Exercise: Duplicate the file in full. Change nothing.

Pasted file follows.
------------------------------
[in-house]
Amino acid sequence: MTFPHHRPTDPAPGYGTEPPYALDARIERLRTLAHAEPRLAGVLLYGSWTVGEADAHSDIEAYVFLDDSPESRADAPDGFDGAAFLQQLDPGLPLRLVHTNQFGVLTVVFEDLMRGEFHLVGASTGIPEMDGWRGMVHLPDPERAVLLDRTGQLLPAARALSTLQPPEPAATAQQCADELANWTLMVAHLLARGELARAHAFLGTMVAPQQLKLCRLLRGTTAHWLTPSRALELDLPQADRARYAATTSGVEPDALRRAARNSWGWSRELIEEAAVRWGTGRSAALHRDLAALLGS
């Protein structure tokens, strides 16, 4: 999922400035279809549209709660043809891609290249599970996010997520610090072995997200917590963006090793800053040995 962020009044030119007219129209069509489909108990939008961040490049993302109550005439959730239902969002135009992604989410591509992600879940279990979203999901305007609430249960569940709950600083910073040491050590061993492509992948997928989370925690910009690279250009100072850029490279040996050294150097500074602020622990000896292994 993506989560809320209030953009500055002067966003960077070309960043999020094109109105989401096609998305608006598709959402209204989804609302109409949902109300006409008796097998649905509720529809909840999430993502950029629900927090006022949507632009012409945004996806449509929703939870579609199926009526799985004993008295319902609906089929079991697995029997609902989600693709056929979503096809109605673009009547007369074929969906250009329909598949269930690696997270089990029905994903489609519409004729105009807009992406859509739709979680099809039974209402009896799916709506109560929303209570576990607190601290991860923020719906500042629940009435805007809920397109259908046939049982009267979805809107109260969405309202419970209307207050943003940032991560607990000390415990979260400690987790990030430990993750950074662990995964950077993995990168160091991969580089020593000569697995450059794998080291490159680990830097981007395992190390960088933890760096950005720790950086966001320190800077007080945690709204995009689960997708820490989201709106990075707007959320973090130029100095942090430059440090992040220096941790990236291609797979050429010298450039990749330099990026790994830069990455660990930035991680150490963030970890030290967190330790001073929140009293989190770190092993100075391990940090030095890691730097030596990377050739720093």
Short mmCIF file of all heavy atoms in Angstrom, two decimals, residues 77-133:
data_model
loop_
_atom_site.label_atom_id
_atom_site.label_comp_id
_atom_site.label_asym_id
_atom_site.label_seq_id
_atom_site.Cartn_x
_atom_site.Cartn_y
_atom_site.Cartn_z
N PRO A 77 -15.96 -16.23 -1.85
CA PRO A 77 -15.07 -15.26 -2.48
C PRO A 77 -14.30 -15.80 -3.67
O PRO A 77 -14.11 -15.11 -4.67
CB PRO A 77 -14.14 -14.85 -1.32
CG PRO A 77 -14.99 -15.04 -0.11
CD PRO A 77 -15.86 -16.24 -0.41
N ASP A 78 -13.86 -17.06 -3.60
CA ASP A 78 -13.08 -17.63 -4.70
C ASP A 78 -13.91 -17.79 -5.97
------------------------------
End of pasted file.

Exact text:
[in-house]
Amino acid sequence: MTFPHHRPTDPAPGYGTEPPYALDARIERLRTLAHAEPRLAGVLLYGSWTVGEADAHSDIEAYVFLDDSPESRADAPDGFDGAAFLQQLDPGLPLRLVHTNQFGVLTVVFEDLMRGEFHLVGASTGIPEMDGWRGMVHLPDPERAVLLDRTGQLLPAARALSTLQPPEPAATAQQCADELANWTLMVAHLLARGELARAHAFLGTMVAPQQLKLCRLLRGTTAHWLTPSRALELDLPQADRARYAATTSGVEPDALRRAARNSWGWSRELIEEAAVRWGTGRSAALHRDLAALLGS
């Protein structure tokens, strides 16, 4: 999922400035279809549209709660043809891609290249599970996010997520610090072995997200917590963006090793800053040995 962020009044030119007219129209069509489909108990939008961040490049993302109550005439959730239902969002135009992604989410591509992600879940279990979203999901305007609430249960569940709950600083910073040491050590061993492509992948997928989370925690910009690279250009100072850029490279040996050294150097500074602020622990000896292994 993506989560809320209030953009500055002067966003960077070309960043999020094109109105989401096609998305608006598709959402209204989804609302109409949902109300006409008796097998649905509720529809909840999430993502950029629900927090006022949507632009012409945004996806449509929703939870579609199926009526799985004993008295319902609906089929079991697995029997609902989600693709056929979503096809109605673009009547007369074929969906250009329909598949269930690696997270089990029905994903489609519409004729105009807009992406859509739709979680099809039974209402009896799916709506109560929303209570576990607190601290991860923020719906500042629940009435805007809920397109259908046939049982009267979805809107109260969405309202419970209307207050943003940032991560607990000390415990979260400690987790990030430990993750950074662990995964950077993995990168160091991969580089020593000569697995450059794998080291490159680990830097981007395992190390960088933890760096950005720790950086966001320190800077007080945690709204995009689960997708820490989201709106990075707007959320973090130029100095942090430059440090992040220096941790990236291609797979050429010298450039990749330099990026790994830069990455660990930035991680150490963030970890030290967190330790001073929140009293989190770190092993100075391990940090030095890691730097030596990377050739720093």
Short mmCIF file of all heavy atoms in Angstrom, two decimals, residues 77-133:
data_model
loop_
_atom_site.label_atom_id
_atom_site.label_comp_id
_atom_site.label_asym_id
_atom_site.label_seq_id
_atom_site.Cartn_x
_atom_site.Cartn_y
_atom_site.Cartn_z
N PRO A 77 -15.96 -16.23 -1.85
CA PRO A 77 -15.07 -15.26 -2.48
C PRO A 77 -14.30 -15.80 -3.67
O PRO A 77 -14.11 -15.11 -4.67
CB PRO A 77 -14.14 -14.85 -1.32
CG PRO A 77 -14.99 -15.04 -0.11
CD PRO A 77 -15.86 -16.24 -0.41
N ASP A 78 -13.86 -17.06 -3.60
CA ASP A 78 -13.08 -17.63 -4.70
C ASP A 78 -13.91 -17.79 -5.97